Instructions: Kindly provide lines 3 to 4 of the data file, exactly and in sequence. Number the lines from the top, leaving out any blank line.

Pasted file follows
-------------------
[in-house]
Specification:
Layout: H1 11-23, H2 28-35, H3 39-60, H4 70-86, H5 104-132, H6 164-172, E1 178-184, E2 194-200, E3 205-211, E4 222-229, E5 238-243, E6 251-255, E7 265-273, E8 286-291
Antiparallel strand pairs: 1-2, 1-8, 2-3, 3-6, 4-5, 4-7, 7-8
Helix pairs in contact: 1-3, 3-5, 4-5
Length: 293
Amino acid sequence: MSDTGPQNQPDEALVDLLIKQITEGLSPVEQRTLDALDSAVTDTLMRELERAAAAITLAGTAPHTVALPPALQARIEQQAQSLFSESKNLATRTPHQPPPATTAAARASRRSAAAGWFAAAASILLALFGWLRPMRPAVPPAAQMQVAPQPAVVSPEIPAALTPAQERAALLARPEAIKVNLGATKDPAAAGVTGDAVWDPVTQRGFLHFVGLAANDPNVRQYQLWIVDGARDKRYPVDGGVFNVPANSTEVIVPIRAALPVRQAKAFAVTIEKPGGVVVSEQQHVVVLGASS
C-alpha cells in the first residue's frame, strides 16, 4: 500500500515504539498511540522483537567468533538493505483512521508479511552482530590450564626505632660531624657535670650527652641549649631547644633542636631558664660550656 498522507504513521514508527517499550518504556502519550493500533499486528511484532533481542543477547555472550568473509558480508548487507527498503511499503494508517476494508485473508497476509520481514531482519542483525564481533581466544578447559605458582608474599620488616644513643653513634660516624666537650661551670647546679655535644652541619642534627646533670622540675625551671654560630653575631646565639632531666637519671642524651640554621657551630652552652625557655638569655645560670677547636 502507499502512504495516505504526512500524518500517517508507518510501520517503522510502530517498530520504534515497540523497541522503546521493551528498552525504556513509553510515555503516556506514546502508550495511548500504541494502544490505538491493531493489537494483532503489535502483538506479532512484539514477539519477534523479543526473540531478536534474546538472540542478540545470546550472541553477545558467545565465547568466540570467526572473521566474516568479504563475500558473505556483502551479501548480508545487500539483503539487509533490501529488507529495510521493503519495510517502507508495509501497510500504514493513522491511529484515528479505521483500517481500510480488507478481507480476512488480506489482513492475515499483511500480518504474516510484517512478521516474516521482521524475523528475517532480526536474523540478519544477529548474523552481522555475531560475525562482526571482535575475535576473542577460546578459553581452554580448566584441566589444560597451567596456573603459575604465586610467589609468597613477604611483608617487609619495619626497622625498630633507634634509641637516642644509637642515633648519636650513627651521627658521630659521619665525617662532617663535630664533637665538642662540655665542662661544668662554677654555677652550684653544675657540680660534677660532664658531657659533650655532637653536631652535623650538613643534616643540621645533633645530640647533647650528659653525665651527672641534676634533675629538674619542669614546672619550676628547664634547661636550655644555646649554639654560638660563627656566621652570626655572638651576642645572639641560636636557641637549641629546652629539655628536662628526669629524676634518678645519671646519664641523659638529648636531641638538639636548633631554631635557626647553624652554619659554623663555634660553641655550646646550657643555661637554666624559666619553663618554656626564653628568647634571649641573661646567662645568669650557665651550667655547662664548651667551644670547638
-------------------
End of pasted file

Layout: H1 11-23, H2 28-35, H3 39-60, H4 70-86, H5 104-132, H6 164-172, E1 178-184, E2 194-200, E3 205-211, E4 222-229, E5 238-243, E6 251-255, E7 265-273, E8 286-291
Antiparallel strand pairs: 1-2, 1-8, 2-3, 3-6, 4-5, 4-7, 7-8